Nobody wants to work anymore – right?

Nobody wants to work anymore – right
5. General

Nobody wants to work anymore – right?

This week’s flagship piece of content is a podcast episode by Jason Feifer on the history of work (and the history of complaining against younger generation of workers)!

📄 Article/s of the week

a. The Mystery of Flight MH370 by William Langewiesche (The Atlantic)

This is an old article that I recently came across on Twitter. It is a gripping account of the search for the ill fated Malaysia Airlines jet which disappeared into the night on March 14th, 2014, never to be found again.

The article reads like a thriller. You are part of the highs and lows of the investigation. You feel for the selfless folks who devoted several years of their life to find answers. You cringe at how the political leaders and other government authorities did a major disservice to the loved ones of the unfortunate passengers and crew.

And most of all, you feel terrible for those innocent passengers, crew and their families for what happened to them…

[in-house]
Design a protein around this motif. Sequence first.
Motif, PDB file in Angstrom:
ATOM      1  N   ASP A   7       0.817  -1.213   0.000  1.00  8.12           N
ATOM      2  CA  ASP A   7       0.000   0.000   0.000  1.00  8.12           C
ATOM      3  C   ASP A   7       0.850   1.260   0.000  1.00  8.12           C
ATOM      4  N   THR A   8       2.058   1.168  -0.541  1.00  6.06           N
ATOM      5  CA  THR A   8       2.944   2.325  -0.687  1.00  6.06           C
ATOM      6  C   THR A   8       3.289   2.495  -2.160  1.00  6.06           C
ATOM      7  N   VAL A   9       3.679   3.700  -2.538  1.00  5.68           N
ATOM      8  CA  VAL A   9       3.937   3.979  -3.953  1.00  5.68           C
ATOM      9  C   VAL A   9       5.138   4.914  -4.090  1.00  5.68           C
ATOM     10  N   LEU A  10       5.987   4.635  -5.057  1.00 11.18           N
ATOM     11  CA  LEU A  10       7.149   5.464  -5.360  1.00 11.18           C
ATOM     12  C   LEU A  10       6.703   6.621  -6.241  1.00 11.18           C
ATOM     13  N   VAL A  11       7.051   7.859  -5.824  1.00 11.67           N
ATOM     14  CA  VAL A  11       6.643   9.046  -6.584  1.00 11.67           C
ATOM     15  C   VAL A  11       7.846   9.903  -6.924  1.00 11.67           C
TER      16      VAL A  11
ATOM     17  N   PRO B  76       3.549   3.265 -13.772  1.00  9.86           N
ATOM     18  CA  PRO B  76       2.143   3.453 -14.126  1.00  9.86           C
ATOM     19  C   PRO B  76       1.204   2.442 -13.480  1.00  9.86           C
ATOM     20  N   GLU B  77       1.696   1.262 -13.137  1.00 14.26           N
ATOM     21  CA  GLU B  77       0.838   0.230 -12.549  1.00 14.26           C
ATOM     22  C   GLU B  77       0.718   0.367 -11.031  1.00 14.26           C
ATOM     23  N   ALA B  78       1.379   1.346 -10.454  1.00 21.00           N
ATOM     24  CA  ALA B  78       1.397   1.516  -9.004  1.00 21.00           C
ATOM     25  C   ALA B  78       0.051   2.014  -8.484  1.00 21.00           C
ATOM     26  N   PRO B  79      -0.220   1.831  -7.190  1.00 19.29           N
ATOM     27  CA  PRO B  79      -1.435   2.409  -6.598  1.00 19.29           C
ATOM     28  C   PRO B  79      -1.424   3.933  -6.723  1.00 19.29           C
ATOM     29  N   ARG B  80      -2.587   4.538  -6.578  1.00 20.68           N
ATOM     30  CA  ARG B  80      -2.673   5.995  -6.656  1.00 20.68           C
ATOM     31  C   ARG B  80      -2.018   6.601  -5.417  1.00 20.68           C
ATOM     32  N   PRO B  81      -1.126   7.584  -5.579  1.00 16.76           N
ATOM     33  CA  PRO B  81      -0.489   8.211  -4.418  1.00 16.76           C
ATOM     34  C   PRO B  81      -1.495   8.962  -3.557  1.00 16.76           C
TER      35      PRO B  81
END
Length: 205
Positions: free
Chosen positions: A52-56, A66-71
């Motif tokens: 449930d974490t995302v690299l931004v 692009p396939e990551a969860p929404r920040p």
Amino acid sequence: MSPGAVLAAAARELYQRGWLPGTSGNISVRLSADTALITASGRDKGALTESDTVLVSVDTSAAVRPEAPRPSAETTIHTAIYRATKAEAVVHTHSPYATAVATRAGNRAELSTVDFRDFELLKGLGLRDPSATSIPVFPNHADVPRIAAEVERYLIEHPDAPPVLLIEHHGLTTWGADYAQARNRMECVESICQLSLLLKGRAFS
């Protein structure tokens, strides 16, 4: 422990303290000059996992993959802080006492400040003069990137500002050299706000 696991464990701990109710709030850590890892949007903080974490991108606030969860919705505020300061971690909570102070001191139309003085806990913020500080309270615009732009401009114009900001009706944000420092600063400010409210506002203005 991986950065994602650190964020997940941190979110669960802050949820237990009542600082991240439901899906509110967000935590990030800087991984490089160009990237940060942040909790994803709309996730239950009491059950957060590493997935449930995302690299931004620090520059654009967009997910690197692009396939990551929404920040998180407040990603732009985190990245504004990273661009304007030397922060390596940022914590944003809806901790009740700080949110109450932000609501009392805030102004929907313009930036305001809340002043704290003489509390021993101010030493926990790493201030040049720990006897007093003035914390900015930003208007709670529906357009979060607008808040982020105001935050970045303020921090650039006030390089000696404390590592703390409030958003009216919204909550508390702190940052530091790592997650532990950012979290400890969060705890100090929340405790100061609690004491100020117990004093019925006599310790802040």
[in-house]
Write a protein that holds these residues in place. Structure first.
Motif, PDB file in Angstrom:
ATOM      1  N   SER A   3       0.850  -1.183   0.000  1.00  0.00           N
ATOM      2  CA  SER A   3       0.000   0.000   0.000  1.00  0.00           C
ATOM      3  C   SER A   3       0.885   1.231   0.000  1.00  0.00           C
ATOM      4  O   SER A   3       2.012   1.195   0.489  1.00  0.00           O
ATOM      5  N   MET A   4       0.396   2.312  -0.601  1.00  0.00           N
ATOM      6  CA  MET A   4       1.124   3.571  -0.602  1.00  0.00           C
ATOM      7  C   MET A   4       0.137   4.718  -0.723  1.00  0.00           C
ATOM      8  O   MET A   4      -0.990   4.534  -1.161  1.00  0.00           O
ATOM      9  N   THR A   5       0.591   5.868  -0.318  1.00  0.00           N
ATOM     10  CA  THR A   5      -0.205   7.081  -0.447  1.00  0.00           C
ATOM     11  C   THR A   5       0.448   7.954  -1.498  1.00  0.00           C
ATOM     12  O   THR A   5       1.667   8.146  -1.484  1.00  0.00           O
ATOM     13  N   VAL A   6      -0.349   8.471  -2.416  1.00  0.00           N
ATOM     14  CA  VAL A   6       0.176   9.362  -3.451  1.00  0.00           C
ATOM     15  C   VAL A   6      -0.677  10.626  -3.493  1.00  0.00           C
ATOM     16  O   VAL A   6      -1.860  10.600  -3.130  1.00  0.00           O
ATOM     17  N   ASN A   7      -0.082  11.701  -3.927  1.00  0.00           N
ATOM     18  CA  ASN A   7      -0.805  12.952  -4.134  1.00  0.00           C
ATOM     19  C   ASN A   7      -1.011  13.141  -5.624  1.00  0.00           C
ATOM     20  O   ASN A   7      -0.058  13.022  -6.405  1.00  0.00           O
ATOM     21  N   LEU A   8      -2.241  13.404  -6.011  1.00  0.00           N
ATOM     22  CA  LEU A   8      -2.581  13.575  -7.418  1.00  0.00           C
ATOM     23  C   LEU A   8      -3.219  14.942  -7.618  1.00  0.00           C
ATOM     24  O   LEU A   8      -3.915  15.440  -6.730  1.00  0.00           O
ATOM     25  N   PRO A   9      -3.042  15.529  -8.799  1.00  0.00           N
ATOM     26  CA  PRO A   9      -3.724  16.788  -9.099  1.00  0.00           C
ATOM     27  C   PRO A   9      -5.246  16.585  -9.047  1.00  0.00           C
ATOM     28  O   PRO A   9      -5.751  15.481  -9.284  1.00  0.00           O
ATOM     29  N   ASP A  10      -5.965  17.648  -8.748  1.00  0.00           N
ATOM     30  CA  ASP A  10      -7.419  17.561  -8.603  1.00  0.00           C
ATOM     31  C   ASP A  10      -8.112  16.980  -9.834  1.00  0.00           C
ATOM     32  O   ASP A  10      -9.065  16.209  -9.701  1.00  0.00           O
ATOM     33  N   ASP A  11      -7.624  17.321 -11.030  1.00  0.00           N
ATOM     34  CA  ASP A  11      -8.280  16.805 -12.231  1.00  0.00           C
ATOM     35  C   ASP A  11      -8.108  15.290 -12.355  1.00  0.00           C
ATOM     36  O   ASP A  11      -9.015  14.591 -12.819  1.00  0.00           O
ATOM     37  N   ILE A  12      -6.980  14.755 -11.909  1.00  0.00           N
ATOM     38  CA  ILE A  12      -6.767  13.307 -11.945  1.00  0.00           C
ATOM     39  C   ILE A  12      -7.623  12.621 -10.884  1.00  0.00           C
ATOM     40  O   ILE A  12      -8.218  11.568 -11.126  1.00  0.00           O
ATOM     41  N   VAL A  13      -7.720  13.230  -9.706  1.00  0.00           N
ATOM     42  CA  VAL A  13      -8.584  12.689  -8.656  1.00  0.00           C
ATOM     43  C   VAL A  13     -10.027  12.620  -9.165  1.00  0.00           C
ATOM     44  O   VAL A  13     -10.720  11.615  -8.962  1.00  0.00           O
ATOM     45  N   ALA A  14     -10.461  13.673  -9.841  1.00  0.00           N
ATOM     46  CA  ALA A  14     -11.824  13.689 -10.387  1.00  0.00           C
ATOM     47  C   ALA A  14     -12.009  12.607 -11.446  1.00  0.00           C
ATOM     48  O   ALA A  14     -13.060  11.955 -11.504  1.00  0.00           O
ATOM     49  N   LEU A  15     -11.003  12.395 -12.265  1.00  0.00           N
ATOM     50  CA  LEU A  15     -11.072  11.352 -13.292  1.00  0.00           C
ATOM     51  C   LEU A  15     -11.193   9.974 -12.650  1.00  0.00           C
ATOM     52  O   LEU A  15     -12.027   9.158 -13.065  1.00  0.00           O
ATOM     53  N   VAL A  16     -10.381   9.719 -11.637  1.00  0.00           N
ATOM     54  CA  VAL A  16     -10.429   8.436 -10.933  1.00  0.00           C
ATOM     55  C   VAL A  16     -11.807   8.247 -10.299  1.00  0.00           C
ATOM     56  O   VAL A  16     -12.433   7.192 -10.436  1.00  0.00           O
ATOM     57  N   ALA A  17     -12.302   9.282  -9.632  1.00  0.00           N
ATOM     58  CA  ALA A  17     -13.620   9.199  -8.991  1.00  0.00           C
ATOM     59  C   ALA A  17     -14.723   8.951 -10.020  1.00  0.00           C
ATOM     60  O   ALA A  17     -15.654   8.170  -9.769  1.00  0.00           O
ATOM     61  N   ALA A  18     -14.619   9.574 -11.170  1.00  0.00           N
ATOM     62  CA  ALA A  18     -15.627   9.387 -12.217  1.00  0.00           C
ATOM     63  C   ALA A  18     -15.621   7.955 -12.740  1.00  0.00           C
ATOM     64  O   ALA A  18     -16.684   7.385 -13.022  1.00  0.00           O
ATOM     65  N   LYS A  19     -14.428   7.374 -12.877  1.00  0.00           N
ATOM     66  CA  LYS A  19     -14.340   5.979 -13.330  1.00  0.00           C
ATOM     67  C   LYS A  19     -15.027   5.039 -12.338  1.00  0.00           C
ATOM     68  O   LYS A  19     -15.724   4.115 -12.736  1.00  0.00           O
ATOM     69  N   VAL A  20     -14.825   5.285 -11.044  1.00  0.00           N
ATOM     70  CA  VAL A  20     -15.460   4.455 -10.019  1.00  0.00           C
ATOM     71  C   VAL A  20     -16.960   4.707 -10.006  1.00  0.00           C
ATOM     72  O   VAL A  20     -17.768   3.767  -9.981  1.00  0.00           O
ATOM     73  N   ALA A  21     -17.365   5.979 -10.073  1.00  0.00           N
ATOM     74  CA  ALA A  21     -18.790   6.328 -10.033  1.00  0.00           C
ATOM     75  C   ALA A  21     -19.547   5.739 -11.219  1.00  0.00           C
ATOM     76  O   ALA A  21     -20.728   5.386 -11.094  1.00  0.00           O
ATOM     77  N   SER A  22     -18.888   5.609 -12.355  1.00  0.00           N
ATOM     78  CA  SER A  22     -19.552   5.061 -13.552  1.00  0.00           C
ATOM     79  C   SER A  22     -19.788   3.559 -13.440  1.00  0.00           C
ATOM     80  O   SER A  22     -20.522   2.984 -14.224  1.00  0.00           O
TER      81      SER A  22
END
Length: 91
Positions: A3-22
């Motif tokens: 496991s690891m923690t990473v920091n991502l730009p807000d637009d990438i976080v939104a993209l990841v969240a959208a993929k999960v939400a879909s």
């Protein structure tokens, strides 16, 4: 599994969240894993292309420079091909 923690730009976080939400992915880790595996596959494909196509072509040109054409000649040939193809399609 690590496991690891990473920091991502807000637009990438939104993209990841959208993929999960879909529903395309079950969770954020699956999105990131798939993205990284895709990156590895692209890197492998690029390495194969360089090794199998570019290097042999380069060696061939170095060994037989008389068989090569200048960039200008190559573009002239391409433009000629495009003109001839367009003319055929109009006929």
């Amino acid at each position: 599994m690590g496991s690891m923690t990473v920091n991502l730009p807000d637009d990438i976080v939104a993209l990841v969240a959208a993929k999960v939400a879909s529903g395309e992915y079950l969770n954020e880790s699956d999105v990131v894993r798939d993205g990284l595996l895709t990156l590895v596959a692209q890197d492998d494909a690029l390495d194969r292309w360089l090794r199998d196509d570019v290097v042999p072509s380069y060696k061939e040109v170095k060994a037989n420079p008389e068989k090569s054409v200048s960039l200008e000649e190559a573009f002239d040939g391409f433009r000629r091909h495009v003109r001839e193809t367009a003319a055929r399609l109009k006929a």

🎧 Podcast episode/s of the week

a. ‘Why “Nobody Wants to Work Anymore” is BS’ by Build for Tomorrow (Jason Feifer)

Jason Feifer is one of my favourite audio storytellers. He’s got a strong ability to take a widely believed opinion and then refute it by carefully stitching together a narrative that is infused with relevant data, expert opinions and engaging stories.

His episodes are great case studies in crafting a compelling story.

In this episode he takes on the widely held belief that: In the olden days, people were more hardworking, but today’s youth are lazy, entitled and don’t have the same work ethic.

Perhaps you think the same about people younger than you.

Well, guess what… someone older than you most probably thought the same – of you!

Source: Tweet by Paul Fairie

Jason’s main point – people in the past were ok working long hours at crappy jobs not because they loved it, but because they had no choice. But they have now.